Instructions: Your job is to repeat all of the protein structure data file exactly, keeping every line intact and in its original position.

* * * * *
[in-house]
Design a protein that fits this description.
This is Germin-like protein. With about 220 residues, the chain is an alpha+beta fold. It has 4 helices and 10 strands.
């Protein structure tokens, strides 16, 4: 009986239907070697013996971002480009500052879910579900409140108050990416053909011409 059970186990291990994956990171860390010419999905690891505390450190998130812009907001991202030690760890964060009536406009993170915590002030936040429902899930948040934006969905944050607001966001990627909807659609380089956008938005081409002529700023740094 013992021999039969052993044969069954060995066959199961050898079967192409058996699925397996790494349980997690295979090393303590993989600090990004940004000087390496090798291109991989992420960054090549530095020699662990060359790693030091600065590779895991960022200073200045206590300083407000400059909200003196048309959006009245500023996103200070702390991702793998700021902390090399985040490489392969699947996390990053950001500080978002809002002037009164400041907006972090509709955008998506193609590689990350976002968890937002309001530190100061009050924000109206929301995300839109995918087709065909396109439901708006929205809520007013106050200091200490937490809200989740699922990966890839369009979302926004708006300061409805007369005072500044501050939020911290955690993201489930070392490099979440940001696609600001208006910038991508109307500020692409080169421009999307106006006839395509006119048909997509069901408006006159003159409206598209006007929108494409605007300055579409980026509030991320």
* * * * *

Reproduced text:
[in-house]
Design a protein that fits this description.
This is Germin-like protein. With about 220 residues, the chain is an alpha+beta fold. It has 4 helices and 10 strands.
């Protein structure tokens, strides 16, 4: 009986239907070697013996971002480009500052879910579900409140108050990416053909011409 059970186990291990994956990171860390010419999905690891505390450190998130812009907001991202030690760890964060009536406009993170915590002030936040429902899930948040934006969905944050607001966001990627909807659609380089956008938005081409002529700023740094 013992021999039969052993044969069954060995066959199961050898079967192409058996699925397996790494349980997690295979090393303590993989600090990004940004000087390496090798291109991989992420960054090549530095020699662990060359790693030091600065590779895991960022200073200045206590300083407000400059909200003196048309959006009245500023996103200070702390991702793998700021902390090399985040490489392969699947996390990053950001500080978002809002002037009164400041907006972090509709955008998506193609590689990350976002968890937002309001530190100061009050924000109206929301995300839109995918087709065909396109439901708006929205809520007013106050200091200490937490809200989740699922990966890839369009979302926004708006300061409805007369005072500044501050939020911290955690993201489930070392490099979440940001696609600001208006910038991508109307500020692409080169421009999307106006006839395509006119048909997509069901408006006159003159409206598209006007929108494409605007300055579409980026509030991320």